It has been said that from any set of facts an almost infinite number of stories can be told. In other words, people often see what they want to see–they interpret facts through an ideological filter. For example, you see a man on the street in the cold, holding a cardboard sign that reads, “Need Help.” The man is wearing an old coat, but looks like a fairly capable person. If I am Ebeneezer Scrooge (before he changed to becoming a leftist who gives handouts to the undeserving :lol:) I am going to see this person and think, “Lazy…They do not need help…They should get a job…They probably make more than I do just standing their getting free money…They’ll just spend it on booze,” etc. On the other hand, if I am a liberal, I may see this person and think, “This person likely has a disability of some kind…They do need help…This kind of suffering is immoral and we should do something about it.”
The underlying assumptions of these two perspectives are playing out in our broken political system. The question is, what is the right approach? What kind of ethical system should we accept as a basis for our social policies? Getting together to discuss this problem has inherent challenges because everyone brings their own interests to the table. The ultra-rich have an interest in not having generous social programs that would require them to pay more in taxes. They see their wealth as their property, and taking it is theft. A low-income citizen, who may be struggling to feed their kids, may ask for a society that limits the free market and provides equal opportunity to all, and perhaps ask for economic equality. Which perspective is the fair way to set up a society? Which is more important: freedom or opportunity? And can one exist without the other? The wealthy might say that creating opportunity for all would require limiting their freedoms. The masses might say giving freedom to the wealthy would limit their own freedom and opportunity.
The American philosopher, John Rawls, addressed this dilemma in an innovative way. He proposed a thought experiment, a hypothetical situation that would help guide our ethical principles of fairness. He described a situation where all of us would be in a pre-mortal state, behind a “veil of ignorance,” where none of us would know what circumstances we would be born into. We could just as easily be born into a wealthy family as we could be born into the slums. With these assumptions, what principles would we all agree are fair principles upon which to build a society?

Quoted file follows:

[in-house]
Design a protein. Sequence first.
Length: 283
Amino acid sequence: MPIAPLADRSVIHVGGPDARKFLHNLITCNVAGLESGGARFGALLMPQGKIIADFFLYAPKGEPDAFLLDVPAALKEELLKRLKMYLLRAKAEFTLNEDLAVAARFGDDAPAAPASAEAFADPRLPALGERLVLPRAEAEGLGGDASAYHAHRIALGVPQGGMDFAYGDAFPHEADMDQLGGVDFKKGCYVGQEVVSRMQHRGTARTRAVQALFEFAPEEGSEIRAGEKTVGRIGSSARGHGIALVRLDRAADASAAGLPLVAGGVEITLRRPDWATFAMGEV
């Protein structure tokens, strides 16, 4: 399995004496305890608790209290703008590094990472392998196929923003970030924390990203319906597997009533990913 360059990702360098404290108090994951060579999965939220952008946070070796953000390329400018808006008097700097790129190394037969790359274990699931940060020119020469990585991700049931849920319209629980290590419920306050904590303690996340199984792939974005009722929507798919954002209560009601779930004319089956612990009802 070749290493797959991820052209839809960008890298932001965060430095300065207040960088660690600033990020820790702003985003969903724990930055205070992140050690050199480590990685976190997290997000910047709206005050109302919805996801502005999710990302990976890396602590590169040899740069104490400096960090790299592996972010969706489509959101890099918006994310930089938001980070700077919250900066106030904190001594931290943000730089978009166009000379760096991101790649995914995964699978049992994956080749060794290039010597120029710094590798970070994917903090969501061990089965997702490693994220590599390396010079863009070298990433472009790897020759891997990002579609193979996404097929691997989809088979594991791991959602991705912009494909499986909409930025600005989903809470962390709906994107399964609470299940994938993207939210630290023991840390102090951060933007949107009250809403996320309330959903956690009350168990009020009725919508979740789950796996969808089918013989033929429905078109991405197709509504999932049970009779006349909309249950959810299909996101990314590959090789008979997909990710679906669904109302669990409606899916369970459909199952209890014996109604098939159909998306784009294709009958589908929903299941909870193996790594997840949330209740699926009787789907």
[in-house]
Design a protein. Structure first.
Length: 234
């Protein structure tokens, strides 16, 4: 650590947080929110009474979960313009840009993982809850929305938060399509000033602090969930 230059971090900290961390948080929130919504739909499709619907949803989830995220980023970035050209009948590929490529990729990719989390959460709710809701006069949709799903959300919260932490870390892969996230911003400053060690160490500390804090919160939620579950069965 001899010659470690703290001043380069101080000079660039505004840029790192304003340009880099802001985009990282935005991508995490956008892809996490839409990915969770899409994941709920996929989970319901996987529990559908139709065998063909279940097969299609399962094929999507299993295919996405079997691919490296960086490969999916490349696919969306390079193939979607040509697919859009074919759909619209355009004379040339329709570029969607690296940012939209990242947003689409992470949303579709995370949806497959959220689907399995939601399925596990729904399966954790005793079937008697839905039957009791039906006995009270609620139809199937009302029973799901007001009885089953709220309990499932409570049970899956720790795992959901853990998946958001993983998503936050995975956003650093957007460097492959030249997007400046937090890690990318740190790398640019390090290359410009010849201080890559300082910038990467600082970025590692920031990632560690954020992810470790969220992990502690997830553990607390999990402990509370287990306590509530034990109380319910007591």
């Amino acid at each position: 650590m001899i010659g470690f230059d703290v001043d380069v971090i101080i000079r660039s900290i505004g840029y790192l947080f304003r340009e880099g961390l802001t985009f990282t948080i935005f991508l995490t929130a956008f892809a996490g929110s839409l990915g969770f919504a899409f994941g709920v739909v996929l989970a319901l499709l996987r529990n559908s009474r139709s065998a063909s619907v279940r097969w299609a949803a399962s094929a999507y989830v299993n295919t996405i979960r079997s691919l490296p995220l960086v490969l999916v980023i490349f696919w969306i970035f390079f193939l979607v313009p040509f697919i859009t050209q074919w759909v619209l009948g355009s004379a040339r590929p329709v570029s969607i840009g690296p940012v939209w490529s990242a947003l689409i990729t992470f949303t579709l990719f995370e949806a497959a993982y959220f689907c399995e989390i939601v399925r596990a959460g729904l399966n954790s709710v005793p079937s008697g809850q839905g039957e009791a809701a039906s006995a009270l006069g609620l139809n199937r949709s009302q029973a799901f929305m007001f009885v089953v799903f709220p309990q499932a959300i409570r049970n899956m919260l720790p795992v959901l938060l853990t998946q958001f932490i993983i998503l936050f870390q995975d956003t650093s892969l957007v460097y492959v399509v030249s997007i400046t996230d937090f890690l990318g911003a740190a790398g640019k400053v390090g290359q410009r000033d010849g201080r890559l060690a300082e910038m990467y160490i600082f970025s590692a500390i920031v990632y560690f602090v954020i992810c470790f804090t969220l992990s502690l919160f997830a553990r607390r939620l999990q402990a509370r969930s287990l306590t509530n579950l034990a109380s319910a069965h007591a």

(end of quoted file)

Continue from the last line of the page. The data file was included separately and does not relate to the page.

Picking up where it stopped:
Most of us would not want to risk being born into poverty in a libertarian society that has no safety net. On the other hand, we may not want to risk being born into a completely egalitarian society where we may work hard for our success, only to find our possessions taken and given to others whom we perceive as less deserving. John Rawls solved this problem by eliminating unequal distribution but without handicapping the talented. He simply says, the fastest runners should not be held back, but they should understand that their winnings do not belong to them alone, and should be shared with those who lack similar gifts. He says,
“Those who have been favored by nature, whoever they are, may gain from their good fortune only on terms that improve the situation for those who have lost out. The naturally advantaged are not to gain merely because they are more gifted. , but only to cover the costs of training an education and for those using their endowments in ways that help the less fortunate as well. No one deserves his greater nature capacity nor merits a more favorable starting place in society. But it does not follow that one should eliminate these distinctions. There is another way to deal with them. The basic structure of society can be arranged so that these contingencies work fgor the good of the least fortunate.”
This is a just way to approach equality while not creating disincentives to develop talent and work hard. The current system is not a free market; and it is certainly not a just system that pays a school teacher $43,000 per year while paying David Letterman $31 million. We need something different. Rawls details a number of principles that would govern a just society (see his book, A Theory of Justice). These principles provide a general basis for how we might restructure our society—one shaped by neither the left or the right. We should start trying to get beyond liberal/conservative talking points and start discussing an ethical system that grants everyone the chance to exercise their right to pursue happiness.
Watch this video of Michael Sandel lecturing about John Rawls and the idea of a just society. It is great!
John Rawls (Wikipedia)